In fact, that’s unfair—the hairy audio and video work I do would get done fine on the M3 iMac. It would just take longer for those plug-ins and exports to run. Unless you’re trying to do something like edit a project with a half-dozen 8K video streams on an iMac—don’t do that!—this computer will do pretty much whatever you need.
I also very much look forward to Apple bringing this same chip into 2024 updates to the MacBook Air and the Mac mini. The Apple silicon era has been very, very good to Mac users, and the M3 generation continues the trend, this time with an extra boost on the graphics side.
Where the iMac fits
When the original iMac arrived, desktop computers still ruled. But these days, our lives are dominated by mobile devices. Often, families don’t share a single computer, with each family member using their own personal devices. So, what’s the role for today’s iMac?
Back in 2019, I tried to understand Apple’s approach to the iMac:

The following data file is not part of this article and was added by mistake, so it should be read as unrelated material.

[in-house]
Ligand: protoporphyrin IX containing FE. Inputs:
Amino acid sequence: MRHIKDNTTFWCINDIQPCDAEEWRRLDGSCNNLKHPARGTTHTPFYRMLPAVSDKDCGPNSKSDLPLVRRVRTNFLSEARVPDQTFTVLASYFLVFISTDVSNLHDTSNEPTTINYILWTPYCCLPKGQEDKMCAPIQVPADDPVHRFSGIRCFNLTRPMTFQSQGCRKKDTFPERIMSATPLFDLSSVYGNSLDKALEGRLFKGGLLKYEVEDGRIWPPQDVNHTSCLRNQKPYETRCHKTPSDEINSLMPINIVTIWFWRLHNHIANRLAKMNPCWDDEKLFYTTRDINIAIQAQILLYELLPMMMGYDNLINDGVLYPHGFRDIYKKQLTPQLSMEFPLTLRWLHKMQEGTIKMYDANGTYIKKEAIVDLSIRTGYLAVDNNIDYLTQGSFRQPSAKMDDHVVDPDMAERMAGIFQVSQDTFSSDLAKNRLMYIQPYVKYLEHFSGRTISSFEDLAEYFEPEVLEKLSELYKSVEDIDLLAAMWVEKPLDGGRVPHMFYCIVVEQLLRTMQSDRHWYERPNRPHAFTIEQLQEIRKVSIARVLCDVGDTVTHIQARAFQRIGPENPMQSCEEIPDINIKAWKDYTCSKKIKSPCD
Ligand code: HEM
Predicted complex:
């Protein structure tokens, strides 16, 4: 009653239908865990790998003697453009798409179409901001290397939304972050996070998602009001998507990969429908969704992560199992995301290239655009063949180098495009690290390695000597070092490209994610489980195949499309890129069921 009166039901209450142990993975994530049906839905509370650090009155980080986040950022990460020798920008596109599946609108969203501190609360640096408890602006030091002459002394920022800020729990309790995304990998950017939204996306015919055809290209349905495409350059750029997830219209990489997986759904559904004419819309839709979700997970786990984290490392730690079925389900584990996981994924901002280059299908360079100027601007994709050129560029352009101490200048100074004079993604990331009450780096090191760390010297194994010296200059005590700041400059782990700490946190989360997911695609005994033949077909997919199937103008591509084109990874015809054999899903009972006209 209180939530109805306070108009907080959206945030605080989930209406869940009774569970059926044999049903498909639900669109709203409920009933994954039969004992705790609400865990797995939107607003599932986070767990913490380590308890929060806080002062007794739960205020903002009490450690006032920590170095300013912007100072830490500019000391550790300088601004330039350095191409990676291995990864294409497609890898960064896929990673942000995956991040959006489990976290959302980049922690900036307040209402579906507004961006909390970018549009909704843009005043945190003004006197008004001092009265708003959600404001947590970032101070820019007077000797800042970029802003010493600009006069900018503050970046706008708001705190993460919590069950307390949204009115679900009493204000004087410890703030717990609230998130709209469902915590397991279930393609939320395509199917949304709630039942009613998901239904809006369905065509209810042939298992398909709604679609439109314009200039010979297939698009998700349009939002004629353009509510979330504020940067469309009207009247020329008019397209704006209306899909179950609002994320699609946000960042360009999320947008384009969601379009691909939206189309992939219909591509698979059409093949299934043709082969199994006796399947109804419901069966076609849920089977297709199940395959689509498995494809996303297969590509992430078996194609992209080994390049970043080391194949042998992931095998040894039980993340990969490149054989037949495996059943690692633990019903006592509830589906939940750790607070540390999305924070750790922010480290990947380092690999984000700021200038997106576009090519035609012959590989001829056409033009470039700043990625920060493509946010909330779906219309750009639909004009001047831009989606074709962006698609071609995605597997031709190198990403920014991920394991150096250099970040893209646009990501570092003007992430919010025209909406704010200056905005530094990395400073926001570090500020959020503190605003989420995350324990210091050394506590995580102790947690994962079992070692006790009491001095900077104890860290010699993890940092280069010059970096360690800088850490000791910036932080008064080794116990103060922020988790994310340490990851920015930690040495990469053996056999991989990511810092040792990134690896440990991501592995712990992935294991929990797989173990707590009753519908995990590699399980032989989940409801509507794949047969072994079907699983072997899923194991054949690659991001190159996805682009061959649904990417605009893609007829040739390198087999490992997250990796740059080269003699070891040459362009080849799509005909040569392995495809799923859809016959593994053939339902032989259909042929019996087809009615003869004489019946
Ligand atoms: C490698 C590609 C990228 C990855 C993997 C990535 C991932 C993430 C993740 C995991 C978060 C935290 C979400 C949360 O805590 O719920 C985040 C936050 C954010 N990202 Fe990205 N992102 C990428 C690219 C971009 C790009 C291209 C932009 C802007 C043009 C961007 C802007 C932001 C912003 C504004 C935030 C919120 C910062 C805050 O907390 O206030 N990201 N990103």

And yet, the iMac matters. Apple sells billions of dollars of iMacs a year, as shared home computers and corporate desktops and retail kiosks and dozens of other niches that still find value in having a computer with a big display and a simple aluminum exterior. No, it’s not what it was—it’s clear from my discussion with Apple’s iMac product manager that Apple has shifted its iMac messaging to be focused on specific use cases rather than attempting to sell it as a device with broad appeal.
Four and half years later, I continue to believe that Apple sees the iMac as more of a supporting player that needs to justify its existence by doing certain tasks better than an iPad, iPhone, or MacBook. Its biggest asset is its screen: A 24-inch screen will let you be productive in ways that smaller screens simply can’t. For many tasks—whether you’re editing photos or video or just watching a movie—bigger screens are just better.
By redesigning the iMac to have bright colors and making it thinner and lighter, Apple has repositioned the iMac as more fun, more mobile, and more likely to find itself a home. The days of the iMac being the default Mac for most users are long over, but today’s iMac does need to be flexible enough to slide into a kitchen (but not on the island!) or onto a makeshift workspace in the corner of a bedroom.
Today’s iMac is a utility player. I can’t say that I can find a place for it in my life, but it’s possible that you might find one in yours. Either way, the Apple silicon iMac is charismatic and fun. I’ve immensely enjoyed working on one in my house this past week. If there’s a place for one in your life, I expect you’ll love it too.